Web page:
Unfortunately, if you try this tactic while you're already having a panic attack or if you have an anxiety disorder, your mind may get the better of you. It can be easy for our minds to fool us into thinking that the worst thing that can happen is much worse than it really is.

Coping Skill #2: Talk To Someone

This doesn't mean talk to a therapist - not yet anyway, we'll talk about that later - it just means talk to anybody. If you start to feel anxiety, talk about it with someone around you. Tell them that you're feeling nervous and what you're feeling nervous about and see what they say.

Talking to someone else can help in a number of ways. For one thing, it can help you to run through step one again. Saying what you're worried about out loud can help you to think about it again to decide for yourself whether it's worth worrying about.

It can also help because as we talked about above, your mind can fool you. If you get an opinion from someone else, it can help you get a grasp of the situation. It can be easier for someone else to tell us that we are overreacting or worrying too much that it can be for us to come to these conclusions.

Coping Skill #3: Assess Your Options

If you've determined that the worst that can happen is pretty bad, ask yourself what you can do right now to make things better.

When things seem difficult, it can be easy to focus on how things may go south in the far future. This can distract us from things that we could be doing in the present moment to fix the situation. If you focus on what you can do right now instead of how things might play out later, you may be able to find a solution to your problem or at least a way to make the worst-case scenario not so bad.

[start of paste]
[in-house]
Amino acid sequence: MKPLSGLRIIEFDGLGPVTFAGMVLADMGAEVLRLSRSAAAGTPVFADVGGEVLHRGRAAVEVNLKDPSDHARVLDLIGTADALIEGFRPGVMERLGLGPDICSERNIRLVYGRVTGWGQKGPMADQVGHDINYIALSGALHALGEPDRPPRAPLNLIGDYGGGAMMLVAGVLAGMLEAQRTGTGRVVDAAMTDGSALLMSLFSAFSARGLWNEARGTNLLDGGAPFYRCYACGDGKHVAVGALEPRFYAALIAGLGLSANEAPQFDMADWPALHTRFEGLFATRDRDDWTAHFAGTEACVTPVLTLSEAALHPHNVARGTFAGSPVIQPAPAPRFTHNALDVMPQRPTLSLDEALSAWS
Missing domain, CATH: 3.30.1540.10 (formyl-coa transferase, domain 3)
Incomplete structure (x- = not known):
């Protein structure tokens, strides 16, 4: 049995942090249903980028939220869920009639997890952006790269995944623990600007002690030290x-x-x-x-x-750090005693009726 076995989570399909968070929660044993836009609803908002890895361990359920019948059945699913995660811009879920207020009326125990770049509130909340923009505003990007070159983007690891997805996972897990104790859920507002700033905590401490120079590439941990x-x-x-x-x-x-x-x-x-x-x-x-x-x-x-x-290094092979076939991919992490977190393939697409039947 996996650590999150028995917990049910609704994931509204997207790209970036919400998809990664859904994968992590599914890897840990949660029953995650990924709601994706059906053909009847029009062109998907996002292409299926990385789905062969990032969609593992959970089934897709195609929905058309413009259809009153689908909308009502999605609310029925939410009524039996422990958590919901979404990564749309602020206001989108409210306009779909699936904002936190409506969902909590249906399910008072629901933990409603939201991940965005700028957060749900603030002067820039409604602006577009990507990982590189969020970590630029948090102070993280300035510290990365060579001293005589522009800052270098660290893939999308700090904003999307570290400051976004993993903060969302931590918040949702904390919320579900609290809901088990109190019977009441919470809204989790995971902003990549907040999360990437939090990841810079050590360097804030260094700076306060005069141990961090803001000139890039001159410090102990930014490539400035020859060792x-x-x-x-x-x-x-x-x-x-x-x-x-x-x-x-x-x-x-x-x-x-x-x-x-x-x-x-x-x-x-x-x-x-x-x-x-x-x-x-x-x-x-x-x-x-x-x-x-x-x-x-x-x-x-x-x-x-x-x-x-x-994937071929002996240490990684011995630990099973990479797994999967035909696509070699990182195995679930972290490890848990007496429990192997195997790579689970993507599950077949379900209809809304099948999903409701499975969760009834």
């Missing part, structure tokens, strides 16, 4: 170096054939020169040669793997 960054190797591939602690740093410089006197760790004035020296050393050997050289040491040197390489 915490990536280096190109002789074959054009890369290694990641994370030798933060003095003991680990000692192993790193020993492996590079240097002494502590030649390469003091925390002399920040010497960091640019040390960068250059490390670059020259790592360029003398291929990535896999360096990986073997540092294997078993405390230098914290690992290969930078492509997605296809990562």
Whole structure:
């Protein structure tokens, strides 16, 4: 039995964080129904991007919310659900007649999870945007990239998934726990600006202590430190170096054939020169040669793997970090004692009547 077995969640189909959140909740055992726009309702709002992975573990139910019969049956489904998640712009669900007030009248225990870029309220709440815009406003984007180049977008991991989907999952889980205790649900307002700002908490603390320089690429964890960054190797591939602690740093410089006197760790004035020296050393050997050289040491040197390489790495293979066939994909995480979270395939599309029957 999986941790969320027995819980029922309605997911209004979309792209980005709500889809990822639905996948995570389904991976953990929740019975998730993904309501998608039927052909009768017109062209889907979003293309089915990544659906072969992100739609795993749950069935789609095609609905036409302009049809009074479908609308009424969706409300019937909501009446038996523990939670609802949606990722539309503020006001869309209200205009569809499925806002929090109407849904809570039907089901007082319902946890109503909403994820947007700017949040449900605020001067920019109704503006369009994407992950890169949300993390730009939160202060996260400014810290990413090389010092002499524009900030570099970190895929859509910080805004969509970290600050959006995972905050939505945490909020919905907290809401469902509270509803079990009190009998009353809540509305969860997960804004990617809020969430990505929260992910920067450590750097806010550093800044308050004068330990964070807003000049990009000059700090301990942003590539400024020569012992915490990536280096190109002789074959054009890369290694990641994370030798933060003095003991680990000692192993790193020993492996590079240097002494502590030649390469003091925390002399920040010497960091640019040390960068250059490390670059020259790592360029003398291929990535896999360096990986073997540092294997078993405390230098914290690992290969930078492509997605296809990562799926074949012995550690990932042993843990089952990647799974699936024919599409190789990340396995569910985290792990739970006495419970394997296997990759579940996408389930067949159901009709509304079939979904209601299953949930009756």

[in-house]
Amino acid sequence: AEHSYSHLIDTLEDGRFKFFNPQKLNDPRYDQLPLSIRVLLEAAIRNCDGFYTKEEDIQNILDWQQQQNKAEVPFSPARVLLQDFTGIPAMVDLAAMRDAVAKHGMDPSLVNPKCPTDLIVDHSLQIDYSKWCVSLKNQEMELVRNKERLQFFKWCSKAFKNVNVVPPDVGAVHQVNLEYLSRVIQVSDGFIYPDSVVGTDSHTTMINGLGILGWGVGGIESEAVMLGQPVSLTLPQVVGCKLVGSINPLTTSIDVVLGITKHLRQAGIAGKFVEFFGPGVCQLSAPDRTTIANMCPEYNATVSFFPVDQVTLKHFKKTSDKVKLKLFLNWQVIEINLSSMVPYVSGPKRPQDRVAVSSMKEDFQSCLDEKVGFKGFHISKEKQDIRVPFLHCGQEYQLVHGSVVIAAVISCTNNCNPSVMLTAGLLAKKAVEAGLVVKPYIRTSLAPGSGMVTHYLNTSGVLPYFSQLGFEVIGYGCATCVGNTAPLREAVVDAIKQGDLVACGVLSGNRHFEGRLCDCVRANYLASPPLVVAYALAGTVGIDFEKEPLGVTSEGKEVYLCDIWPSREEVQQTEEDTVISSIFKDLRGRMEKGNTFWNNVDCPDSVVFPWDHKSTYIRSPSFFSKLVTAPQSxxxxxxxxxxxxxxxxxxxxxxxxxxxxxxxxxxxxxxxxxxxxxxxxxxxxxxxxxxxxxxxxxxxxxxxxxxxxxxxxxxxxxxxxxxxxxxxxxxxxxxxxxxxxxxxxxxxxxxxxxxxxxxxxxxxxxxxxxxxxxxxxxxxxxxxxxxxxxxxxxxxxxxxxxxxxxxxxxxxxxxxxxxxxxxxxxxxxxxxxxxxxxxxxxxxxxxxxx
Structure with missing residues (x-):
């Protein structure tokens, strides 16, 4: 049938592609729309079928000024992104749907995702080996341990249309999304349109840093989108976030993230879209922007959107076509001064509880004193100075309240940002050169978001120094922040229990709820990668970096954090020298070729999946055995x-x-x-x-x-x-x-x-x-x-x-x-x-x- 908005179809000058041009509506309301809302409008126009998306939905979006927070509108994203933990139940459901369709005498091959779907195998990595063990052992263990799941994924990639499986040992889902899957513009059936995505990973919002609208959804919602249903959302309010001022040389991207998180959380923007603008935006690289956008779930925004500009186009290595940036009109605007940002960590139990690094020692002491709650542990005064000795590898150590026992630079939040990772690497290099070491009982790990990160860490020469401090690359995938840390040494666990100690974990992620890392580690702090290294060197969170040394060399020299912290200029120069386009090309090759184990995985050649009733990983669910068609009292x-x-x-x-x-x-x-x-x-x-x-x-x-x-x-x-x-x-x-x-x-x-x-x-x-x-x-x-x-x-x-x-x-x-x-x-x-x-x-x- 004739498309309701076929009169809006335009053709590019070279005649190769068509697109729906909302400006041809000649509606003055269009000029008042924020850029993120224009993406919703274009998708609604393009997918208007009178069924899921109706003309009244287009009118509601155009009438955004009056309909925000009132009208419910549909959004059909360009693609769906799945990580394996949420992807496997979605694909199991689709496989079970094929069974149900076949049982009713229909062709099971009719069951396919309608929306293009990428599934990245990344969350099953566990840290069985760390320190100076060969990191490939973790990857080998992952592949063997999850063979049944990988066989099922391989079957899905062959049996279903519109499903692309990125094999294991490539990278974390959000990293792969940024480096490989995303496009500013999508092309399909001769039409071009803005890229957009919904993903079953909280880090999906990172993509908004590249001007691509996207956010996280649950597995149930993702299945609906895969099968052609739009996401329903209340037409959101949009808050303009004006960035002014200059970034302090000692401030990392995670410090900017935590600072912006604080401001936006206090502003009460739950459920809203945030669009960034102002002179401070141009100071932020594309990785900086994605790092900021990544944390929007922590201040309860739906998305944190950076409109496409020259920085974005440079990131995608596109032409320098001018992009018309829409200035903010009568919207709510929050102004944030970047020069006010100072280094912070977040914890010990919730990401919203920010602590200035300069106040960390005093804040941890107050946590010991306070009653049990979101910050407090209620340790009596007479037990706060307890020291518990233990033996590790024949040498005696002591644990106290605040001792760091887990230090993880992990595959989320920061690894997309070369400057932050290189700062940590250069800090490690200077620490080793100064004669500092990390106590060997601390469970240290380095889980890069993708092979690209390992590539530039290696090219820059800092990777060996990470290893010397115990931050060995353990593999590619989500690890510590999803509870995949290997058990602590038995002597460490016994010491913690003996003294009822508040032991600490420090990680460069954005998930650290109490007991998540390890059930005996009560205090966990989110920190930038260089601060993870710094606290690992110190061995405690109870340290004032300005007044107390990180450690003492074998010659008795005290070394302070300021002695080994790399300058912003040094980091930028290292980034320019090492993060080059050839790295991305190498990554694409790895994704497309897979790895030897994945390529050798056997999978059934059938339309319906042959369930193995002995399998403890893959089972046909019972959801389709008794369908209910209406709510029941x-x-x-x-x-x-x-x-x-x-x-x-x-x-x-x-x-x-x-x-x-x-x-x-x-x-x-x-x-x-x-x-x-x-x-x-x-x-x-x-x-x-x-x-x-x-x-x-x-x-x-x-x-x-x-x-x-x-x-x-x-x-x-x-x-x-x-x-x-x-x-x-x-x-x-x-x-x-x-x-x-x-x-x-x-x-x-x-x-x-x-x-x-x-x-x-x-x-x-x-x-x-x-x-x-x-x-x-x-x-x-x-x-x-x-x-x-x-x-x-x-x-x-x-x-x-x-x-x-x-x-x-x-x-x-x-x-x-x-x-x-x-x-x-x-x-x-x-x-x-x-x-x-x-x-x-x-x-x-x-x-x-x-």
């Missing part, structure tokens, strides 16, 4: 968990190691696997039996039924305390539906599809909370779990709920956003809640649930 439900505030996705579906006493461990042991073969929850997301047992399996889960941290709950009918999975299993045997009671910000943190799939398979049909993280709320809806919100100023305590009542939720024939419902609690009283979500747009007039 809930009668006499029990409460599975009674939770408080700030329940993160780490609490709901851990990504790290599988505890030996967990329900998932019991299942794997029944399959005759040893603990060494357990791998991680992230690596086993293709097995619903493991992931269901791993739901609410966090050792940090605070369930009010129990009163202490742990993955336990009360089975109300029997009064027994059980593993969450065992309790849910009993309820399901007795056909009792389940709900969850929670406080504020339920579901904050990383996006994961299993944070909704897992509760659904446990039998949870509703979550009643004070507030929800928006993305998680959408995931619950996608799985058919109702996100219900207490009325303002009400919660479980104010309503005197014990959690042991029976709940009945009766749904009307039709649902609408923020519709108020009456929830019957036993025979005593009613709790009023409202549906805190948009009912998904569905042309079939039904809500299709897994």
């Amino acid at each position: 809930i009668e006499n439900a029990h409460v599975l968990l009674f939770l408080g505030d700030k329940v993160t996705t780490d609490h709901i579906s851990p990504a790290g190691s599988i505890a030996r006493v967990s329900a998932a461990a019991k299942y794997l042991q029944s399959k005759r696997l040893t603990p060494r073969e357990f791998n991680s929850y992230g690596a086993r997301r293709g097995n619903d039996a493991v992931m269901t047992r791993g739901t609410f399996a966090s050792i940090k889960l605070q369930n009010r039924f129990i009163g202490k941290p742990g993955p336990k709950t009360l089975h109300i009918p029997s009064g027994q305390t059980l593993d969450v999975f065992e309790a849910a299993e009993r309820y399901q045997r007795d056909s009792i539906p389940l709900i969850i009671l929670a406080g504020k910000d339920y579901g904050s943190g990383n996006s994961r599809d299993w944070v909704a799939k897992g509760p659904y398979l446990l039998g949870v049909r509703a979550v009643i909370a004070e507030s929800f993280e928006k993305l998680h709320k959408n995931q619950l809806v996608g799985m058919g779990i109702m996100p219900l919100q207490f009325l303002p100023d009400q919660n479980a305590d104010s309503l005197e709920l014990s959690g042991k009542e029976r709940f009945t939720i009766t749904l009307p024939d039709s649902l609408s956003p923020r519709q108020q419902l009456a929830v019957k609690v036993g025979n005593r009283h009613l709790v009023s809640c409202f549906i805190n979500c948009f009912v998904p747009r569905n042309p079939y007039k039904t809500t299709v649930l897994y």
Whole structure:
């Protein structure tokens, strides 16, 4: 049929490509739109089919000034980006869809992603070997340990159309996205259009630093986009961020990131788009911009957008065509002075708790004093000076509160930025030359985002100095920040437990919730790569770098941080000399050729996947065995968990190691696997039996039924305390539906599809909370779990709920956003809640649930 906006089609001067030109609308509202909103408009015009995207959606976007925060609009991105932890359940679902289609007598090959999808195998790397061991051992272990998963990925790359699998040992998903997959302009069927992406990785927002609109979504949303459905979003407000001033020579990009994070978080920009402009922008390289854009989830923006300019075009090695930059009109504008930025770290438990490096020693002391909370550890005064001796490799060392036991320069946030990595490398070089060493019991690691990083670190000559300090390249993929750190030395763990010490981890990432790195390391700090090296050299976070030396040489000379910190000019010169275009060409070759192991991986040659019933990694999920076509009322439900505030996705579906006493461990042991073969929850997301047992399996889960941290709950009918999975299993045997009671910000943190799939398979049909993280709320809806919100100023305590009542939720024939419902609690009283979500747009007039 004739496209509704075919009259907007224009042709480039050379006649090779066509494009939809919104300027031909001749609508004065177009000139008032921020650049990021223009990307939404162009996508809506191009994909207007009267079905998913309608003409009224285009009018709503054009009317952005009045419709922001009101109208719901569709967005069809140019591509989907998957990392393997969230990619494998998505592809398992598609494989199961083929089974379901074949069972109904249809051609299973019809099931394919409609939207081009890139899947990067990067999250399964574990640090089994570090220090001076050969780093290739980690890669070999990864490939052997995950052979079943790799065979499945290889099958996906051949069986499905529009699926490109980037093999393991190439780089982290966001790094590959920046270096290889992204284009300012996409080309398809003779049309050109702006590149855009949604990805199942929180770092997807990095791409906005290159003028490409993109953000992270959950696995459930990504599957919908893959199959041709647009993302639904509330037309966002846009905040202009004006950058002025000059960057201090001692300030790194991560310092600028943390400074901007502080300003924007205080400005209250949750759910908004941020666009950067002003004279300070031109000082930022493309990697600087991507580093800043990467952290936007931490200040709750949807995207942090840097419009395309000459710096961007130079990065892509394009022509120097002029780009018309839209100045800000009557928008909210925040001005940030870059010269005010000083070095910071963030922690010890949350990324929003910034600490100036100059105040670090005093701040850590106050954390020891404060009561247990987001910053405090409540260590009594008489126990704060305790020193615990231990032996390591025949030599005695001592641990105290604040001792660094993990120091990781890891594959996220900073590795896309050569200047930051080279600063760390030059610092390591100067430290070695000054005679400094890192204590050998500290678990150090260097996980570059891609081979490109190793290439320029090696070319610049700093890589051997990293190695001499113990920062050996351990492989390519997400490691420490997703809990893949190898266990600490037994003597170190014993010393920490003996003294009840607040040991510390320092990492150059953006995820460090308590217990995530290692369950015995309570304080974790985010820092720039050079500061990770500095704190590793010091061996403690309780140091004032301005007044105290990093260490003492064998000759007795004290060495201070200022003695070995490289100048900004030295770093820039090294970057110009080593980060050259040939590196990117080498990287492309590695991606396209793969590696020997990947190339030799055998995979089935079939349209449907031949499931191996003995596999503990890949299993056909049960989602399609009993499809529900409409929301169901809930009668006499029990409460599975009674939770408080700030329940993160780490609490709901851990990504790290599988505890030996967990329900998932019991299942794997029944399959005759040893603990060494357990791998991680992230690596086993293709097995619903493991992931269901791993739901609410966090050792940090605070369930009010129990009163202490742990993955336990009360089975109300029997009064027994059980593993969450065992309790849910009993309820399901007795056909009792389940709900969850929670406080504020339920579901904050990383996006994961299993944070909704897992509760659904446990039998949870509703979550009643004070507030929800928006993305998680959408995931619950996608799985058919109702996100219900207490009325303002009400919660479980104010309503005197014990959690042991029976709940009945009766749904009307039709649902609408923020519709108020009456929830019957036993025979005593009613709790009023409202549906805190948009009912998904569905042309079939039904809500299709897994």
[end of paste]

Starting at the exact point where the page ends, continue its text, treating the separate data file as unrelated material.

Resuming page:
Coping Skill #4: Breath

When we start to panic, our breaths can get shallow and fast. This isn't the most effective way to breathe, especially if it gets out of control. When our breath starts to get away from us, we can also start to feel like that's its own problem, which can make a panic attack worse.

The good news is that we can control our breath and this can actually be very calming. When our brains are worried, they use the autonomic nervous system to ramp up our breathing without checking with us first. However, we can counter this by using the somatic nervous system to slow our breath back down. This sends signals to our brains that maybe things aren't so bad.

Coping Skill #5: Take Notice Of Your Feelings

If you notice that you are having a panic attack, take notice of how you are feeling - both mentally and physically. Panic attacks can seem scary but they aren't actually dangerous. Knowing what a panic attack feels like for you can help you to handle the next one with a little more skill, as well as possibly notice it coming on sooner when it's easier to do something about it.

Coping Skill #6: Grounding

This skill draws on some common themes from some of the earlier skills that we discussed. It involves reminding yourself of where you are at the present moment and what is going on around you.